New study reveals the global impact of debris on marine life

Dr Sarah Gall
Credit: University of Plymouth

Nearly 700 species of marine animal have been recorded as having encountered man-made debris such as plastic and glass, according to the most comprehensive impact study in more than a decade.

Researchers at Plymouth University found evidence of 44,000 animals and organisms becoming entangled in, or swallowing debris, from reports recorded from across the globe.

Plastic accounted for nearly 92 per cent of cases, and 17 per cent of all species involved were found to be threatened or near threatened on the IUCN Red List, including the Hawaiian monk seal, the loggerhead turtle and sooty shearwater.

In a paper, 'The impact of debris on marine life', published in Marine Pollution Bulletin, authors Sarah Gall and Professor Richard Thompson present evidence collated from a wide variety of sources on instances of entanglement, ingestion, physical damage to ecosystems, and rafting, where species are transported by debris.

The missing piece to faster, cheaper and more accurate 3D mapping

The authors: Davide A. Cucci, Aurélien Brun and Jan Skaloud.
Credit: Alain Herzog/EPFL

Engineers at EPFL and the University of Geneva believe they hold the key to automated drone mapping. By combining artificial intelligence with a new algorithm, their method promises to considerably reduce the time and resources needed to accurately scan complex landscapes. It is described in a paper published in ISPRS Journal of Photogrammetry and Remote Sensing.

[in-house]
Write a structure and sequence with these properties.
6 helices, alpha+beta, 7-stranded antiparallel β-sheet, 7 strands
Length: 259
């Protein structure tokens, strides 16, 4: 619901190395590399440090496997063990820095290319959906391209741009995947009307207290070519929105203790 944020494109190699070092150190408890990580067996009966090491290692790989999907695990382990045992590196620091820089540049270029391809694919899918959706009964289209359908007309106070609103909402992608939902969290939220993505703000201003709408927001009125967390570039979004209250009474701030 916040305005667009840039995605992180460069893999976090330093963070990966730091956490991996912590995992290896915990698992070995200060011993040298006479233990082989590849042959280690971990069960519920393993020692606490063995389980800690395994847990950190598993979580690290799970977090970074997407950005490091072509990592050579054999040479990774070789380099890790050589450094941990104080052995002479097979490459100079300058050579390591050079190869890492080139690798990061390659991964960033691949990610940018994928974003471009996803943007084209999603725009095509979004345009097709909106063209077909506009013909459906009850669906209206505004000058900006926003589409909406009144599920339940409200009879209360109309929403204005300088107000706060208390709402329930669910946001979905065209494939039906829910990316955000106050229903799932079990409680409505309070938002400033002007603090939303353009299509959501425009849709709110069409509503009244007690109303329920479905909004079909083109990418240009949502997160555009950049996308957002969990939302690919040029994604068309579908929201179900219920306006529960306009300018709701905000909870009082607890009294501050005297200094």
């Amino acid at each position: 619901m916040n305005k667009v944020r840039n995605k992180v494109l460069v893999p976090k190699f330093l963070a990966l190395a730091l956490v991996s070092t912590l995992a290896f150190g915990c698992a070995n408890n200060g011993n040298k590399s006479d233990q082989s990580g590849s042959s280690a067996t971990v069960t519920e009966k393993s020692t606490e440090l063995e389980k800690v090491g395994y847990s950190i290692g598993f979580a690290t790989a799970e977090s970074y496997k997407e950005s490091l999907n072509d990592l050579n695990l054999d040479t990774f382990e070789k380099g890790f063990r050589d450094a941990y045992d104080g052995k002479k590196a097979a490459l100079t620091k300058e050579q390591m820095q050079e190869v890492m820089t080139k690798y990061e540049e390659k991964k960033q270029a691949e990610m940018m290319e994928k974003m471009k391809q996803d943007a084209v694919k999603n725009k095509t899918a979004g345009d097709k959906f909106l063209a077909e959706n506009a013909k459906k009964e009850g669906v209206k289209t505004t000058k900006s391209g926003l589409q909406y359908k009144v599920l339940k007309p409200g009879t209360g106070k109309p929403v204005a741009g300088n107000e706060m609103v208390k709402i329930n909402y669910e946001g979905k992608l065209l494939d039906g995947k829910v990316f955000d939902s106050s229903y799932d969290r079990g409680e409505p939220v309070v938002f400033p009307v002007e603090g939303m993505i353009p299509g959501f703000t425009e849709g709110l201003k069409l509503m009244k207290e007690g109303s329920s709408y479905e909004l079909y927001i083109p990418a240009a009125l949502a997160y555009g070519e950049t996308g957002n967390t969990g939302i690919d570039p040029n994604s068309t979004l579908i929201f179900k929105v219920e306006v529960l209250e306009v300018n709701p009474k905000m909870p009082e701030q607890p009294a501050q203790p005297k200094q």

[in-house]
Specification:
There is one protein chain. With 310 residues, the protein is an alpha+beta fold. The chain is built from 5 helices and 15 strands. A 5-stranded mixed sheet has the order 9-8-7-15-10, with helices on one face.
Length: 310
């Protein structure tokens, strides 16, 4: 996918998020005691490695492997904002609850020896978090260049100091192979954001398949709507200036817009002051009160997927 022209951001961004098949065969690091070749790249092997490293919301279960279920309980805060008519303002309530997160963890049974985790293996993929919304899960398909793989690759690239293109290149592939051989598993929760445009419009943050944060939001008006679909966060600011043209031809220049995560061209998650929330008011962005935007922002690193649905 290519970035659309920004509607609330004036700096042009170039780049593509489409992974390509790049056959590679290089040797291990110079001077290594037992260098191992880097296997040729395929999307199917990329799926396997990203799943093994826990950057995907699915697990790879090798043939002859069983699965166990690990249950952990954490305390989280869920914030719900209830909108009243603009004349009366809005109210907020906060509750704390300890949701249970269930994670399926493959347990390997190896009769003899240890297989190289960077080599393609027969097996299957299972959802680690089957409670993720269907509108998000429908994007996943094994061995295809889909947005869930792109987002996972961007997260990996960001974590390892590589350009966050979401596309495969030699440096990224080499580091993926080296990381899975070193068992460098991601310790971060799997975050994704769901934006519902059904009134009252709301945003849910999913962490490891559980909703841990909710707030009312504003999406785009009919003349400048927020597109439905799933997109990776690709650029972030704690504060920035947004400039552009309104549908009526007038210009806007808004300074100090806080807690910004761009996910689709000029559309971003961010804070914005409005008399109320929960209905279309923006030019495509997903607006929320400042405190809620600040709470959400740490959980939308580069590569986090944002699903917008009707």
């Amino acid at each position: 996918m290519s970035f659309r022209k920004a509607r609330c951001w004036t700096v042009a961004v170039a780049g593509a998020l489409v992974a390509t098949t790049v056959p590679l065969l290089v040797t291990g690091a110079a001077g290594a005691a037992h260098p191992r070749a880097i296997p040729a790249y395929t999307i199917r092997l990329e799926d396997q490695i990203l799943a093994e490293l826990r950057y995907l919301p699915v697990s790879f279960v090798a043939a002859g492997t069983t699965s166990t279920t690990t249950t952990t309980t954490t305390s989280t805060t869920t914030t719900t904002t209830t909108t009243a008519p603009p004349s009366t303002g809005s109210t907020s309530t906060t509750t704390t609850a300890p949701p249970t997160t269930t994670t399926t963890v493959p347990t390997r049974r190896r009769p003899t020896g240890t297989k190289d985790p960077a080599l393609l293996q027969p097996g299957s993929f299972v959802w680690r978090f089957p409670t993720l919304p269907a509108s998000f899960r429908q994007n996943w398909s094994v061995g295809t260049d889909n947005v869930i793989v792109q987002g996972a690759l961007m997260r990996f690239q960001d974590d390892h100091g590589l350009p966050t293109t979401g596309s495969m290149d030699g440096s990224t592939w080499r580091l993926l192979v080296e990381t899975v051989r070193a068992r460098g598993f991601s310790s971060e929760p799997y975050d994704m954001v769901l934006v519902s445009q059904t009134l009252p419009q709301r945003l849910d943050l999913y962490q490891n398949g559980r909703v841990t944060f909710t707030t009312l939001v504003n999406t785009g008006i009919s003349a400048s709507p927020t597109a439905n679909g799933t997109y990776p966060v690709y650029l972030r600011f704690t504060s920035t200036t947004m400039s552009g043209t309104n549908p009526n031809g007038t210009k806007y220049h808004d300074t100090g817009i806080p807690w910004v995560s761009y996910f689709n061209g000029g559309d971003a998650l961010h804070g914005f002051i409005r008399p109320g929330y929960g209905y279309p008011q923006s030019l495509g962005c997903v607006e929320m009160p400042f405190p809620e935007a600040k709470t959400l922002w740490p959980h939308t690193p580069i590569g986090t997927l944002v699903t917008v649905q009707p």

Three-dimensional (3D) mapping is a very useful tool for monitoring construction sites, tracking the effects of climate change on ecosystems and verifying the safety of roads and bridges. However, the technology currently used to automate the mapping process is limited, making it a long and costly endeavor.

“Switzerland is currently mapping its entire landscape using airborne laser scanners – the first time since 2000. But the process will take four to five years since the scanners have to fly at an altitude below one kilometer if they are to collect data with sufficient detail and accuracy,” says Jan Skaloud, a senior scientist at the Geodetic Engineering Laboratory (Topo) within EPFL's School of Architecture, Civil and Environmental Engineering (ENAC).

Artificial intelligence predicts patients’ race from their medical images

Researchers demonstrated that medical AI systems can easily learn to recognize racial identity in medical images, and that this capability is extremely difficult to isolate or mitigate.
 Credit: Massachusetts Institute of Technology